Shares inCenkos Securities(LSE: CNKS) have jumped by as much as 10% this morningafter the company issued a statementdenying that it is under investigation by the Serious Fraud Office or that it has been asked to provide information on other cases by the SFO.
Cenkos shares slumped by 16% on Monday after the Sunday Times reported that the broker, which was the nominated advisor to the infamous Quindell, had been asked to hand over a selection of documents to the SFO.
However, the company reported today that the:
Recent press article, citing the Companyincludes a number of material inaccurate references to the Company. In particular, the Company wishes to confirm that it has not been asked to provide, and nor has it provided, any information to the Serious Fraud Office (SFO) in relation to any investigation being undertaken by the SFO and that the Company is not itself the subject of any SFO investigation.
The company also says that it is working with its advisers to correct the inaccurate reporting.
Good news for shareholders
The revelation that Cenkos is not being investigated by the SFO is good news for investors. As anindependent, specialist institutional securities group, focused on small and mid-cap companies and investment funds, Cenkos trades on its reputation, and an investigation into the companys practices by the SFO, is unlikely to improve its reputation around the City.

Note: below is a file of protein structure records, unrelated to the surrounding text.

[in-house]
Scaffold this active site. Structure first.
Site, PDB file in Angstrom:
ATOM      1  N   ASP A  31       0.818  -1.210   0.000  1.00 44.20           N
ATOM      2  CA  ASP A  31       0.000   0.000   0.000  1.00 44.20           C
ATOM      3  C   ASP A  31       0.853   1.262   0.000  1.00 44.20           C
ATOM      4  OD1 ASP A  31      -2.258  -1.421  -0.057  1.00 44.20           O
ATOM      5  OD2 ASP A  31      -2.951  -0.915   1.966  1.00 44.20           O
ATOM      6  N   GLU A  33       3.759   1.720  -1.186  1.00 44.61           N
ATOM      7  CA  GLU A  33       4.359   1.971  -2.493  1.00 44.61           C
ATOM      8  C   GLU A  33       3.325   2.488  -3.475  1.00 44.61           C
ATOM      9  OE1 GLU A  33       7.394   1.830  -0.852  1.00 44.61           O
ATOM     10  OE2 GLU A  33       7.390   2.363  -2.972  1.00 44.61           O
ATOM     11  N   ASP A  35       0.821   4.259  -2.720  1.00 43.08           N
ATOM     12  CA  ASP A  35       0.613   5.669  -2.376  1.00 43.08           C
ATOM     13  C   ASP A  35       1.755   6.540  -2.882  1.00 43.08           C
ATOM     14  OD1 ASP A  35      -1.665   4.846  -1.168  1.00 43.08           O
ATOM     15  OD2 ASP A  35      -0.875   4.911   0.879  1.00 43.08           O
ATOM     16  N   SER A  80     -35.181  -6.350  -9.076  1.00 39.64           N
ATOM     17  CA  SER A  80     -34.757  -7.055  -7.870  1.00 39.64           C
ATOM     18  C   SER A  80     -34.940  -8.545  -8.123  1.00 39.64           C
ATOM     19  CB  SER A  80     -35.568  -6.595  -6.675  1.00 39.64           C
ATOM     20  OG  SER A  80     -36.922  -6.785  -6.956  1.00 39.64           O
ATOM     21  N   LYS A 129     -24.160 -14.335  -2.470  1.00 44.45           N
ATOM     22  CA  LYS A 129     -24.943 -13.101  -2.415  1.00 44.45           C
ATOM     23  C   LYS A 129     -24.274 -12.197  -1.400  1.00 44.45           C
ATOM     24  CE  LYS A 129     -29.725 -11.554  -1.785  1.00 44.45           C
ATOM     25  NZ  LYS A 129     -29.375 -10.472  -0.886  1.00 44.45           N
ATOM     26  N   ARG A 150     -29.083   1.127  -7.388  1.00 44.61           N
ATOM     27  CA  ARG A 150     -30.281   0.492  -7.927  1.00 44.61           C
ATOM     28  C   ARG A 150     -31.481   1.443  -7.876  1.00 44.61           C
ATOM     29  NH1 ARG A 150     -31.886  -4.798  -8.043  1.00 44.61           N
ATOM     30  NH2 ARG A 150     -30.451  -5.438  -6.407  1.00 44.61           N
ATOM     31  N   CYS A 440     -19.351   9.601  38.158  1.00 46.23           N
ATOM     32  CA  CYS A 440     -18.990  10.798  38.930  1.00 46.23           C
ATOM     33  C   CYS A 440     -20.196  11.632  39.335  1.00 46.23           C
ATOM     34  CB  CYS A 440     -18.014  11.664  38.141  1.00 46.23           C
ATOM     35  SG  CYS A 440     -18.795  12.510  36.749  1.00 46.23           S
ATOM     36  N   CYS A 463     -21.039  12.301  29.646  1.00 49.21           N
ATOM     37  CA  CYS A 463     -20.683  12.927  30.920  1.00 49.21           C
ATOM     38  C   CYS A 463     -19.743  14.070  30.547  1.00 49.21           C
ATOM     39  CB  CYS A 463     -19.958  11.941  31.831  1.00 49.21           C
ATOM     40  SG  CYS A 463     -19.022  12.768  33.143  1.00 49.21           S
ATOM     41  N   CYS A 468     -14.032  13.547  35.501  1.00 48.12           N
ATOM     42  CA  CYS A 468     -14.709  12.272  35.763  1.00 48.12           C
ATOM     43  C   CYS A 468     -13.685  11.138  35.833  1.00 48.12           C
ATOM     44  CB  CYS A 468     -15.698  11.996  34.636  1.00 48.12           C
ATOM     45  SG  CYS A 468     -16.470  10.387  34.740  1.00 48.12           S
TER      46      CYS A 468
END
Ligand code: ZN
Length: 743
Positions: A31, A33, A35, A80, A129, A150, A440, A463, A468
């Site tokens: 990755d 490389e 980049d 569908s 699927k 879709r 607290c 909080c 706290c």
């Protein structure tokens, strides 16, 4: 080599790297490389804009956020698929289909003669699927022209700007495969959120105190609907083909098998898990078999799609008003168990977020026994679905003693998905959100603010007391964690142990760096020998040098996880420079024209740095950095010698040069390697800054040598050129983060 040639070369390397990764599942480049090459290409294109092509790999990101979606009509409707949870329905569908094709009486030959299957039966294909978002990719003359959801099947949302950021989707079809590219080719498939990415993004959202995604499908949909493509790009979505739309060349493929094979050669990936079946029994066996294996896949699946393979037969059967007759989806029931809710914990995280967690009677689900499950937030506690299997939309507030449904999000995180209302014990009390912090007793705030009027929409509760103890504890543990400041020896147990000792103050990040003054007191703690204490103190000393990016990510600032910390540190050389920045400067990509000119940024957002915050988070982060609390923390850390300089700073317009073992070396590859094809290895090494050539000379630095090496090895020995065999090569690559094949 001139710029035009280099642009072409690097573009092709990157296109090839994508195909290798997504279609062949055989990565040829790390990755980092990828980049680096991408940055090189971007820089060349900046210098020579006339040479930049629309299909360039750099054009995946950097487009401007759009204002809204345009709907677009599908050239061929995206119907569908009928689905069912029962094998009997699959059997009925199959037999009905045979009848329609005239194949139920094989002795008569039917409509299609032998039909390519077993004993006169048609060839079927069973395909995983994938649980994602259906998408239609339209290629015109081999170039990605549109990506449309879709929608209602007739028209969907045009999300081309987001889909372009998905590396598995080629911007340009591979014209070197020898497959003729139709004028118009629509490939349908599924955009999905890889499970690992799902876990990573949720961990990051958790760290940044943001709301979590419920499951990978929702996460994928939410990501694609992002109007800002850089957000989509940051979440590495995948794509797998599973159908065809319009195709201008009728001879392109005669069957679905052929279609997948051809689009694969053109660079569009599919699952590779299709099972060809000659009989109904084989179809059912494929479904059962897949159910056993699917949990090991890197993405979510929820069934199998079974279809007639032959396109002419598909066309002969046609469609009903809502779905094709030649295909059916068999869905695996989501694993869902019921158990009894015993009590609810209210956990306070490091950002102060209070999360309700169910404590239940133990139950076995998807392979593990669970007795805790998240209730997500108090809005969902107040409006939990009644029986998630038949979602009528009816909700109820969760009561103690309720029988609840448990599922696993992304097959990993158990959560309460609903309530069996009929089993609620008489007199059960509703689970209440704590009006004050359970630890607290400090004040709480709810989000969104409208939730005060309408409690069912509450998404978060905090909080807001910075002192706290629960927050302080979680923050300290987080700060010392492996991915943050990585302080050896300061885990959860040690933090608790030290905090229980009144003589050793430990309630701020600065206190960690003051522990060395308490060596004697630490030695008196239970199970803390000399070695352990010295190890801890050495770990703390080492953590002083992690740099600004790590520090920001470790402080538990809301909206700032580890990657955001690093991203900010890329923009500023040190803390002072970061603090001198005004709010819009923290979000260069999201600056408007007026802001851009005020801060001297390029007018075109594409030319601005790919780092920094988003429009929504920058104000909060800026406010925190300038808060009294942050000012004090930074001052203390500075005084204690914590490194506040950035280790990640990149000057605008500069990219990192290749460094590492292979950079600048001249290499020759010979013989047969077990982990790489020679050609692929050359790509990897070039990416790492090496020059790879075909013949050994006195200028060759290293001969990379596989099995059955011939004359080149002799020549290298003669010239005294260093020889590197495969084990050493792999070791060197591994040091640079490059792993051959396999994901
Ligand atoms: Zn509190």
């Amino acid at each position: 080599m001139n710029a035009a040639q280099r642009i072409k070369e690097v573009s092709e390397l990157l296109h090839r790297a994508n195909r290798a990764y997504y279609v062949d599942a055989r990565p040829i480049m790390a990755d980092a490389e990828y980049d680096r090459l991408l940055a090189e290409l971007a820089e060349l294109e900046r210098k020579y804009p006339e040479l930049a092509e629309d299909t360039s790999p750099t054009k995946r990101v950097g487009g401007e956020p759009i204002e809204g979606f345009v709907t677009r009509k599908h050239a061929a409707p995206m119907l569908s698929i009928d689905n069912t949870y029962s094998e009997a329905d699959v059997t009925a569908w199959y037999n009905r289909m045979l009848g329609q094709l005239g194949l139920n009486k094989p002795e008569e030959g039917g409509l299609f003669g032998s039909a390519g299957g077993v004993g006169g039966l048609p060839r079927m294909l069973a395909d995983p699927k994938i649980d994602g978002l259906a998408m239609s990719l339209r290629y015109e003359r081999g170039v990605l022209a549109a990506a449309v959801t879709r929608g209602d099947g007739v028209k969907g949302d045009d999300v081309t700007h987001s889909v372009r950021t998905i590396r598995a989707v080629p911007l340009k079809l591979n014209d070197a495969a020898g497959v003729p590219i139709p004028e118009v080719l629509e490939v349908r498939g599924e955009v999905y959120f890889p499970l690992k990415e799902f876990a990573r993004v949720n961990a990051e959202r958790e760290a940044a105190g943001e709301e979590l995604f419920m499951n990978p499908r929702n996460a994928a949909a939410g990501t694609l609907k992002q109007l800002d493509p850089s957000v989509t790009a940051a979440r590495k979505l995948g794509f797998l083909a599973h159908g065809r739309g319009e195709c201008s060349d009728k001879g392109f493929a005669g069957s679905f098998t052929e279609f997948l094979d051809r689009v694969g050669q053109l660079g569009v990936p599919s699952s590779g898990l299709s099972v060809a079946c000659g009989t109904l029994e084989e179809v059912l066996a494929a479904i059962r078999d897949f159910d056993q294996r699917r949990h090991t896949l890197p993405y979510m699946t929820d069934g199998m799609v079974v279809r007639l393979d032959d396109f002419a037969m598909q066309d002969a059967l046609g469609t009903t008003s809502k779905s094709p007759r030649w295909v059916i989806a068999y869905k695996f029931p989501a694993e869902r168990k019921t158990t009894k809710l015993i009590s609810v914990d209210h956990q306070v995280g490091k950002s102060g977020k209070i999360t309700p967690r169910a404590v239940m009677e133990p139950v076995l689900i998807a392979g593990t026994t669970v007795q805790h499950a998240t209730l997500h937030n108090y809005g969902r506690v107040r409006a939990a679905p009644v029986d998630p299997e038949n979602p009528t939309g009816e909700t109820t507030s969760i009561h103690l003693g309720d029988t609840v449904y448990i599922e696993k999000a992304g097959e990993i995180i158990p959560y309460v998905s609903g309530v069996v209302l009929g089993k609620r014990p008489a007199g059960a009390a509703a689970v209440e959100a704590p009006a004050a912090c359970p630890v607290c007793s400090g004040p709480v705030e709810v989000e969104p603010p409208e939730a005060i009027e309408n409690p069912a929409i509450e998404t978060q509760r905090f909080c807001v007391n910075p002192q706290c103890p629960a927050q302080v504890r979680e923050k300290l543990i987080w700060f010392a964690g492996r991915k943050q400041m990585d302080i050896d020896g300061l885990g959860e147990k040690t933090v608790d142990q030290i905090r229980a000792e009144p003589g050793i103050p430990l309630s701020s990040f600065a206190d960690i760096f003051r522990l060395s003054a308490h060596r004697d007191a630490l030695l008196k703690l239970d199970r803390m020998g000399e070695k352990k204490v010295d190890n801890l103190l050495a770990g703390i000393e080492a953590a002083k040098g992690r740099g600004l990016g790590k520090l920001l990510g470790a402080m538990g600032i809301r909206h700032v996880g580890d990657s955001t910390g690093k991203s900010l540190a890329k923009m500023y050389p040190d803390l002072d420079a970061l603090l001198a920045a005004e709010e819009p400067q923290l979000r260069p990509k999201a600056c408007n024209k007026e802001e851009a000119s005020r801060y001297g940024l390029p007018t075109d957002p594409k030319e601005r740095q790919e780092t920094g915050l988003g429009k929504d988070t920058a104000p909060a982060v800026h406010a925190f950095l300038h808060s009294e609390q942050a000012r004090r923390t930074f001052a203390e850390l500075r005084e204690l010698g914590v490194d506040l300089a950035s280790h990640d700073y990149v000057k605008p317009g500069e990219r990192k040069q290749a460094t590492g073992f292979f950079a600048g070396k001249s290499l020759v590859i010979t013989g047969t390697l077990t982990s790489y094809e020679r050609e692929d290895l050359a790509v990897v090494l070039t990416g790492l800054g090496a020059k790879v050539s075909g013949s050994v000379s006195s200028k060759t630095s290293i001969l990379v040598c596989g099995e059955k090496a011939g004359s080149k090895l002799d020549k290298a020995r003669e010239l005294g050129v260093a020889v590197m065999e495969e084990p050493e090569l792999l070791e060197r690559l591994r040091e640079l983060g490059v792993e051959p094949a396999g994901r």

Whats more, its highly likely that if Cenkos really was a subject of an SFO investigation, regulators would consider suspending the companys licence to operate in the financial sector. As Cenkosprincipal activity is institutional stockbroking, this would cripple the business almost overnight.
Still, Cenkos isnt under investigation by the SFO, and the company remainsauthorised by the Financial Conduct Authority.
It has been a rough year for Cenkos shareholders. Sincemid-April, the companys shares have fallen by around 30%, as the groups growth has slowed. Indeed, for the six months to the end of June, Cenkos sales declined 19% year-on-year, and pre-tax profit fell 21%. Earnings per share fell 16% year-on-year to 26.1p putting the brakes on five years of stellar earnings growth for the company.Between 2009 and 2014 Cenkos earnings per share tripled and the company paid out a total of 50p per share in dividends to investors.
However, despite falling profits Cenkos continues to return plenty of cash to its investors. At the end of September management declared a 7p per share interim dividend and only a few weeks ago the company returned 8m to investors via a tender offer, repurchasing 4.5m shares (7.3% of the companys issued share capital) at 1.80 each. At the end ofJune, Cenkos reported a cash balance of 42m, around 40% of the companys market capitalisation.
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